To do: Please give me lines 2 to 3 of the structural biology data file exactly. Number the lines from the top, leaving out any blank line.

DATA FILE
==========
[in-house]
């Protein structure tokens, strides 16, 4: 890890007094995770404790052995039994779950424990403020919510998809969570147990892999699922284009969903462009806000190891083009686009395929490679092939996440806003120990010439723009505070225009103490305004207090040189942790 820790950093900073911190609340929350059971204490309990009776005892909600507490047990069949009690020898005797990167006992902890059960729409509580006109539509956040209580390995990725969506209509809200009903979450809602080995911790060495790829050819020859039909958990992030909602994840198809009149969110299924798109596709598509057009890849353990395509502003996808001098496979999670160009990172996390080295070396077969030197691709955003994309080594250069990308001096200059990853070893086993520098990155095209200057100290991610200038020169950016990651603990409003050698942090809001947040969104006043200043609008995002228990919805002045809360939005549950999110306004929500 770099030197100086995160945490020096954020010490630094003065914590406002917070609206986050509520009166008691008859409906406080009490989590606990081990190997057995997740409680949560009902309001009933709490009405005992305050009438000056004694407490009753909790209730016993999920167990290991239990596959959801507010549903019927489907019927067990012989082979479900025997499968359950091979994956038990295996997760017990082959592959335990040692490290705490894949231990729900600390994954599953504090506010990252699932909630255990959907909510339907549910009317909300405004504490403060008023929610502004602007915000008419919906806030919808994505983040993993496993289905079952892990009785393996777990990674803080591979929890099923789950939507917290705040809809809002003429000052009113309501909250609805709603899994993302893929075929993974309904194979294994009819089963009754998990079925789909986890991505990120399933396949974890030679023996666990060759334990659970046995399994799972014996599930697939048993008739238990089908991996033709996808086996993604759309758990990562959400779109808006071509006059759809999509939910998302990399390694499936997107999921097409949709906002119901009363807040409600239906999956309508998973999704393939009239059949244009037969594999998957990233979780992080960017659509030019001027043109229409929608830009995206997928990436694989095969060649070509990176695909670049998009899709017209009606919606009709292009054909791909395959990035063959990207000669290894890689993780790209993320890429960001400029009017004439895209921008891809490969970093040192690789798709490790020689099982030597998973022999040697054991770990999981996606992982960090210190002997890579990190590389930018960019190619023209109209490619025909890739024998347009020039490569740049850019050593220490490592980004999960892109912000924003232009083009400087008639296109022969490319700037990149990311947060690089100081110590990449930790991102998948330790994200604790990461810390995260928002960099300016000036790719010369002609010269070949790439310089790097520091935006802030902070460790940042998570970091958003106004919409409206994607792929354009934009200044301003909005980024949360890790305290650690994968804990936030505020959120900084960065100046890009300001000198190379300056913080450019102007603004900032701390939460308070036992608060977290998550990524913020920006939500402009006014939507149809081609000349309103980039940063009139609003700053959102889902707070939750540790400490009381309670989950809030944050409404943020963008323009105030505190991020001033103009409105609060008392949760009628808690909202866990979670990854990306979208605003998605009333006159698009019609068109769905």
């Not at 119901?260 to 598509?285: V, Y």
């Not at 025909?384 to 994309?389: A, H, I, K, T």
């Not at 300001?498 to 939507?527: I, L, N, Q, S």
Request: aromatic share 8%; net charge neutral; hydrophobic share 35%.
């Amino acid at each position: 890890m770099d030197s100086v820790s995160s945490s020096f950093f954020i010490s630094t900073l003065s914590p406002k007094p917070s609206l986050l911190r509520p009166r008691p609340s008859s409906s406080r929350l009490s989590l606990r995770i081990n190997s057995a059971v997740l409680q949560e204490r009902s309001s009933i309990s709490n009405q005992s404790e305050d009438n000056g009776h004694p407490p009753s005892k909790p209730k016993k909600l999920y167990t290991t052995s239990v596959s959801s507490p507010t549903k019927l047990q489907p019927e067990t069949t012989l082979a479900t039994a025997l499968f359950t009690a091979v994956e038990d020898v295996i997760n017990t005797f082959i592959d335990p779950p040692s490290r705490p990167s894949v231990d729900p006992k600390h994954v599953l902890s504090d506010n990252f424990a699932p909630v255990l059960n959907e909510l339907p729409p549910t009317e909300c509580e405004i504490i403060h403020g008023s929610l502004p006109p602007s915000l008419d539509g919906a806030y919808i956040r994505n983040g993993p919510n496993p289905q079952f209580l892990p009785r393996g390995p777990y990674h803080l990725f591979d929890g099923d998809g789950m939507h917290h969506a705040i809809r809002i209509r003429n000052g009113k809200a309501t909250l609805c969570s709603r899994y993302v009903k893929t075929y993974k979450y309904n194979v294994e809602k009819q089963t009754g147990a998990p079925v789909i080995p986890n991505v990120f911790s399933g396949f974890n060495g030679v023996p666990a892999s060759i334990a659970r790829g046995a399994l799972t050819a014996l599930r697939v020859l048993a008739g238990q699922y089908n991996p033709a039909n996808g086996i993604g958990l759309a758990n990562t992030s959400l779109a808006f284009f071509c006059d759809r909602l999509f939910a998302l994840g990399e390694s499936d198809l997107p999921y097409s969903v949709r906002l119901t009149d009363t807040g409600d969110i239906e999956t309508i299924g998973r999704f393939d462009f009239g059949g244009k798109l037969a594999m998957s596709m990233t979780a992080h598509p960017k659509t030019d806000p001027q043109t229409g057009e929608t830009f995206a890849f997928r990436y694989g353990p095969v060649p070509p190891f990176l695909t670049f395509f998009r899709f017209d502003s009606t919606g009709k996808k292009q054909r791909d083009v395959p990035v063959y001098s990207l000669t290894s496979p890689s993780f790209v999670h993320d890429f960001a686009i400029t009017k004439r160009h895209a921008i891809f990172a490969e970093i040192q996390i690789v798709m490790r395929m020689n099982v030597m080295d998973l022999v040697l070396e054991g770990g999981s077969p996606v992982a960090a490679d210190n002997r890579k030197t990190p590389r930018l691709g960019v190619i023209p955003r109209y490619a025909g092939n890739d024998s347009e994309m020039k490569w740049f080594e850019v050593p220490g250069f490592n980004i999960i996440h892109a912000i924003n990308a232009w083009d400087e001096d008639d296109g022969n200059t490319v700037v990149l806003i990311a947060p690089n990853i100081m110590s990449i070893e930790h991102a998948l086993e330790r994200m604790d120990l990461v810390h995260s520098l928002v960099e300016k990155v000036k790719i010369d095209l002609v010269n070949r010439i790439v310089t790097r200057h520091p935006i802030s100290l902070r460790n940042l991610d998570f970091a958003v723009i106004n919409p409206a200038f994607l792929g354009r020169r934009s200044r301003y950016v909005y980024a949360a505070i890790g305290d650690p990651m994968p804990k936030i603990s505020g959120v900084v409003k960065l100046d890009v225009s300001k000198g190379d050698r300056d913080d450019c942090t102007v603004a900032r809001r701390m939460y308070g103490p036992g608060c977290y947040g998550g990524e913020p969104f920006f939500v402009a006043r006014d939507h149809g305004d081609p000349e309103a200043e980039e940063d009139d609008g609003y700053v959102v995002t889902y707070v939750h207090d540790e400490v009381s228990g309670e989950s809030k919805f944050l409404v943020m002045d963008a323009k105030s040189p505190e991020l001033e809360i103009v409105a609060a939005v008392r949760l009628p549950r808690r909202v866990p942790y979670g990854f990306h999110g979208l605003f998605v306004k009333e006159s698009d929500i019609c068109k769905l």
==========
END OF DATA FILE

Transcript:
């Protein structure tokens, strides 16, 4: 890890007094995770404790052995039994779950424990403020919510998809969570147990892999699922284009969903462009806000190891083009686009395929490679092939996440806003120990010439723009505070225009103490305004207090040189942790 820790950093900073911190609340929350059971204490309990009776005892909600507490047990069949009690020898005797990167006992902890059960729409509580006109539509956040209580390995990725969506209509809200009903979450809602080995911790060495790829050819020859039909958990992030909602994840198809009149969110299924798109596709598509057009890849353990395509502003996808001098496979999670160009990172996390080295070396077969030197691709955003994309080594250069990308001096200059990853070893086993520098990155095209200057100290991610200038020169950016990651603990409003050698942090809001947040969104006043200043609008995002228990919805002045809360939005549950999110306004929500 770099030197100086995160945490020096954020010490630094003065914590406002917070609206986050509520009166008691008859409906406080009490989590606990081990190997057995997740409680949560009902309001009933709490009405005992305050009438000056004694407490009753909790209730016993999920167990290991239990596959959801507010549903019927489907019927067990012989082979479900025997499968359950091979994956038990295996997760017990082959592959335990040692490290705490894949231990729900600390994954599953504090506010990252699932909630255990959907909510339907549910009317909300405004504490403060008023929610502004602007915000008419919906806030919808994505983040993993496993289905079952892990009785393996777990990674803080591979929890099923789950939507917290705040809809809002003429000052009113309501909250609805709603899994993302893929075929993974309904194979294994009819089963009754998990079925789909986890991505990120399933396949974890030679023996666990060759334990659970046995399994799972014996599930697939048993008739238990089908991996033709996808086996993604759309758990990562959400779109808006071509006059759809999509939910998302990399390694499936997107999921097409949709906002119901009363807040409600239906999956309508998973999704393939009239059949244009037969594999998957990233979780992080960017659509030019001027043109229409929608830009995206997928990436694989095969060649070509990176695909670049998009899709017209009606919606009709292009054909791909395959990035063959990207000669290894890689993780790209993320890429960001400029009017004439895209921008891809490969970093040192690789798709490790020689099982030597998973022999040697054991770990999981996606992982960090210190002997890579990190590389930018960019190619023209109209490619025909890739024998347009020039490569740049850019050593220490490592980004999960892109912000924003232009083009400087008639296109022969490319700037990149990311947060690089100081110590990449930790991102998948330790994200604790990461810390995260928002960099300016000036790719010369002609010269070949790439310089790097520091935006802030902070460790940042998570970091958003106004919409409206994607792929354009934009200044301003909005980024949360890790305290650690994968804990936030505020959120900084960065100046890009300001000198190379300056913080450019102007603004900032701390939460308070036992608060977290998550990524913020920006939500402009006014939507149809081609000349309103980039940063009139609003700053959102889902707070939750540790400490009381309670989950809030944050409404943020963008323009105030505190991020001033103009409105609060008392949760009628808690909202866990979670990854990306979208605003998605009333006159698009019609068109769905």
């Not at 119901?260 to 598509?285: V, Y």